💡 Optimist's Edge: Cell-grown burgers will be cheaper than cow-grown burgers

💡 Optimist's Edge: Cell-grown burgers will be cheaper than cow-grown burgers

Cell-grown means that it is real meat, but not from a dead cow. Most people are wrong about how quickly the price of such meat will fall. Here is everything you need to know about the development of cultured meat, so that you can get a (juicy) edge.

Daniel Åhlin
Daniel Åhlin

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📉 What people are wrong about

70 percent of the respondents in our survey are not aware that it is possible to grow meat in bioreactors.

More than half of the people that answered our survey do not believe that cell-cultured meat will ever be cheaper than meat from livestock. A majority is wrong about how the price development will look for cell-based meat in the coming decade.

📈 Here are the facts

The first cell-cultured meat was presented as early as 2013 and, since the end of 2020, it is possible to buy cell-cultured meat in a restaurant. Producers have shown cell-cultured beef, cell-cultured chicken, and cell-cultured salmon fillets.

The cost of producing cell-cultured meat is dropping very fast, even faster than the cost of transistors.

There are a lot of investments in start-ups operating in cell-cultured meat. There is a great need to find climate-friendly alternatives to the conventional meat and dairy industry, which puts a very heavy strain on the planet.

💡 Optimist’s Edge

An increasingly efficient and scaled-up production - combined with a continued increase in demand for alternative protein sources - will very likely make a hamburger cooked from cell-cultured ground beef cheaper to buy than a hamburger from livestock sourced ground beef as early as 2027.

Cell-cultured meat contributes to significantly reduced carbon dioxide emissions, a decrease in the use of fresh water and land areas, and a reduced need for deforestation.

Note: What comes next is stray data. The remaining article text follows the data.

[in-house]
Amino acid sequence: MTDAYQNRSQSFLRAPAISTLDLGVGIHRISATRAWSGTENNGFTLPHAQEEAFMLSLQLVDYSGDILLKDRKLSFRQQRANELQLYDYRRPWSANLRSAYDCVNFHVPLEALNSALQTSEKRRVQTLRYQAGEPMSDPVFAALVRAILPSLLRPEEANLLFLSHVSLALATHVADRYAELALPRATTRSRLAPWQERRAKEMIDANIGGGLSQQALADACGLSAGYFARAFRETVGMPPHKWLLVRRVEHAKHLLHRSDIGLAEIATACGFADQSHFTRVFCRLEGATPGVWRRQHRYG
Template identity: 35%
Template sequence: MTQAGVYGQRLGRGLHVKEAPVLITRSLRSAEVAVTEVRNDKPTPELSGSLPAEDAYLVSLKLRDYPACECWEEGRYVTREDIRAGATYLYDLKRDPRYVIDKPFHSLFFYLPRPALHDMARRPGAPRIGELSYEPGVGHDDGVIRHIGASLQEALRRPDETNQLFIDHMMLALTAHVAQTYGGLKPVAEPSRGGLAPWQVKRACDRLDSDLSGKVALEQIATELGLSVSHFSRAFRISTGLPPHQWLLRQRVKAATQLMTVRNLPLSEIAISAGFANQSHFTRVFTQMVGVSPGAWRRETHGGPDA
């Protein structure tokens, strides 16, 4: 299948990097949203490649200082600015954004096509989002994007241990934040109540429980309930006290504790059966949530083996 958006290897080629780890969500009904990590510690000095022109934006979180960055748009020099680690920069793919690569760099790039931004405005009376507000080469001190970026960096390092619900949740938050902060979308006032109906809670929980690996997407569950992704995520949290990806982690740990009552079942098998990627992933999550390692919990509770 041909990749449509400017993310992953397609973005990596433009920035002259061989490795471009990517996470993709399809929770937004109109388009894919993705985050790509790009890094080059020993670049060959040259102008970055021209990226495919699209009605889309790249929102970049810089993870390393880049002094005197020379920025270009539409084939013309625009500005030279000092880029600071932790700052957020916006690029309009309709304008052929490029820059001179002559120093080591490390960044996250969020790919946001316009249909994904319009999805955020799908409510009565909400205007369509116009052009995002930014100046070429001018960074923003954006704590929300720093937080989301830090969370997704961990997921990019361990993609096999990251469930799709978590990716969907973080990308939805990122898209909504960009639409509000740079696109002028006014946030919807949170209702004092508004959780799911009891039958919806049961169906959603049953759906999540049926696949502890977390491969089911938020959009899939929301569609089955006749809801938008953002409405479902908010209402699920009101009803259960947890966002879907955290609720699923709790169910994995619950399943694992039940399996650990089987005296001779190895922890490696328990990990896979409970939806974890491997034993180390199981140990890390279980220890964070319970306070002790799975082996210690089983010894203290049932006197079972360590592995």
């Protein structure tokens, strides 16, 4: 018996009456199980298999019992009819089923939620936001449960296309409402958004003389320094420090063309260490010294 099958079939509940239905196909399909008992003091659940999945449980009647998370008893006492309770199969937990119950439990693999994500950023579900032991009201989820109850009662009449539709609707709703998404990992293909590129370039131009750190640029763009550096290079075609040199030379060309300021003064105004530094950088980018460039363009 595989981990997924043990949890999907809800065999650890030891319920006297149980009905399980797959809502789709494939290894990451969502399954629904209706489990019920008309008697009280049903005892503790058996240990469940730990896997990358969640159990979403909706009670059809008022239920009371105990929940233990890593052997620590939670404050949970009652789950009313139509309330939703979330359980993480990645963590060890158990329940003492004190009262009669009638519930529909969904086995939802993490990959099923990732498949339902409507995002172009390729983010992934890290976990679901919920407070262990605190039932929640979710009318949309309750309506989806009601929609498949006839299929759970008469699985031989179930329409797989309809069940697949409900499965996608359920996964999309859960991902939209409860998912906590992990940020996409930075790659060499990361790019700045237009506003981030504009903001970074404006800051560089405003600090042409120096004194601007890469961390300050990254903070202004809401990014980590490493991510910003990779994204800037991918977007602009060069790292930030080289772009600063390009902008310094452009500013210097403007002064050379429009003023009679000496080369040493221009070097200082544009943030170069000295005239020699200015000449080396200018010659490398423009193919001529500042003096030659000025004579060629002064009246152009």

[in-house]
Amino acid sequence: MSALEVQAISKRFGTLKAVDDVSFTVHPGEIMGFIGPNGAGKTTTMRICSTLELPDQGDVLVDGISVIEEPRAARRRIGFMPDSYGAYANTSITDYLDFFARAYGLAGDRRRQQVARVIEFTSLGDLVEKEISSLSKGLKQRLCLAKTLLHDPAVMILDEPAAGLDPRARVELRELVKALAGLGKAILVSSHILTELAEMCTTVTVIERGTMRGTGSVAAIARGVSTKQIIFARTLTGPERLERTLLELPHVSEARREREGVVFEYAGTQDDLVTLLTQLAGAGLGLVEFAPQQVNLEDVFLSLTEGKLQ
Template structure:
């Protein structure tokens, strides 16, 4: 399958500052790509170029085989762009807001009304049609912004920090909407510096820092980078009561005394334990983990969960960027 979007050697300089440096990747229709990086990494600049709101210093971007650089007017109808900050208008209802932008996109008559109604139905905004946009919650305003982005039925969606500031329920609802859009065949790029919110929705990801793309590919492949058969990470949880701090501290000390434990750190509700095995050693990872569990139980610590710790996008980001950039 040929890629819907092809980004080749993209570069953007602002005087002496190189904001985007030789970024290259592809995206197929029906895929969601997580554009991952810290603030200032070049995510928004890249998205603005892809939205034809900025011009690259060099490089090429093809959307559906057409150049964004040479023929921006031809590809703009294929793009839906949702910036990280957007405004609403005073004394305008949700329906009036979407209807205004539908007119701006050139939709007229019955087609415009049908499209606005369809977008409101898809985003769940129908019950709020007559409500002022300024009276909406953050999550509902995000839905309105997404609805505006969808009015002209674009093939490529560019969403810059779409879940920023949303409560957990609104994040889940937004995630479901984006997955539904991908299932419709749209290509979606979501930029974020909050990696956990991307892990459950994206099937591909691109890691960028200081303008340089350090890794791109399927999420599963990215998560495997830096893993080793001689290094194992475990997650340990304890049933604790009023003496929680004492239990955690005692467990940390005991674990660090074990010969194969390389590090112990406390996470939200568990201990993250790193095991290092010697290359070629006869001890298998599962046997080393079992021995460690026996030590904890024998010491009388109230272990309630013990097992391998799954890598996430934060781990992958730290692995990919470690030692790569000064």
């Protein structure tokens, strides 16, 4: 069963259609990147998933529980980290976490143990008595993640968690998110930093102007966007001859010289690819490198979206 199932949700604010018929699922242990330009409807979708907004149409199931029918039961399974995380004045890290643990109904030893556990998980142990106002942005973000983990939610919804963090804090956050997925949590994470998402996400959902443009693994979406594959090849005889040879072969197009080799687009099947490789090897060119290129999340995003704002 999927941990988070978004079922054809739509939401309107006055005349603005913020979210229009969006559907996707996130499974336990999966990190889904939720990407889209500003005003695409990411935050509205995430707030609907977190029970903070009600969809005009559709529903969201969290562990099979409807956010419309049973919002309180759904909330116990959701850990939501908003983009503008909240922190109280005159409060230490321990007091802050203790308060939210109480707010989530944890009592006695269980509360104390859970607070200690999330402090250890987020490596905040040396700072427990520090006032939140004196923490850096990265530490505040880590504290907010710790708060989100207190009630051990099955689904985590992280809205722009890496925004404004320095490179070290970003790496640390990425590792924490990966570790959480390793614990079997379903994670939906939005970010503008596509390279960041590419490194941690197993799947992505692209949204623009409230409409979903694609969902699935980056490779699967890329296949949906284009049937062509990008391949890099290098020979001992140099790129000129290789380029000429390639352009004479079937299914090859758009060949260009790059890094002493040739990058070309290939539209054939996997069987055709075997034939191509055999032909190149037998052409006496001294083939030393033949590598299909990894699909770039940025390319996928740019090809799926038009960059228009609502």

Cell-cultured meat can be tailored and optimized from a health standpoint and can be grown without using hazardous chemicals and without using antibiotics or growth steroids.

👇 This is how you get the Optimist’s Edge

Make local restaurants and the media aware of the developments, and make sure your local politicians understand the benefits of cell-cultured meat. This is likely to help accelerate both industry demand and legislation that needs to be put in place.

More and more companies are starting in the cell-based meat business.
Pick some interesting companies to readmore about to get an idea about investment opportunities – or make yourself familiar with the equipment and infrastructure needed in the industry. That will give you an edge when development accelerates even more.

Not a single chicken had to put its life on the line to make these chicken nuggets. The meat in them is grown and if you go to Singapore, you can already order and eat them at a restaurant. Photo: Eat Just

📉 What people are wrong about

70 percent of the respondents in our survey are not aware that it is possible to grow meat in bioreactors. Most of these people probably eat meat often but still have no idea that this product can be produced completely without the enormous resources required to raise cows.

More than half do not believe that cell-cultured meat will ever be cheaper than meat from livestock. Most people who guess a year are wrong with a 20-year margin...

A majority is wrong about the price development for cell-cultured meat in the coming decade.

📈 Facts about cell-cultured meat

The Food and Agriculture Organization of the United Nations (FAO) has forecasted that global consumption of animal meat will increase by 73 percent by 2050 and that consumption of dairy products will increase by 58 percent over the same period.

Unfortunately, our planet is already under heavy pressure from the meat industry – today almost 80 percent of the world's farmland is used for grazing and raising livestock. Just over 60 percent of the land area is used for beef production, despite the fact that beef accounts for less than 2 percent of the calories consumed in the world.

In addition to large landmasses, cattle require enormous amounts of food and water. Furthermore, the global industry of animal protein production accounts for 14.5 percent of the world's greenhouse gas emissions, while also being one of the main causes for a significant share of the annual deforestation in the world.

Daniel Skavén Ruben, Warp News Food Tech expert, thinks that cell-based food will have a huge role to play in the future's more sustainable food industry.

"There is an urgent need for more efficient and sustainable production methods in the food industry. And cell-cultured meat will be a very important key component," says Warp News Food-Tech expert Daniel Skavén Ruben.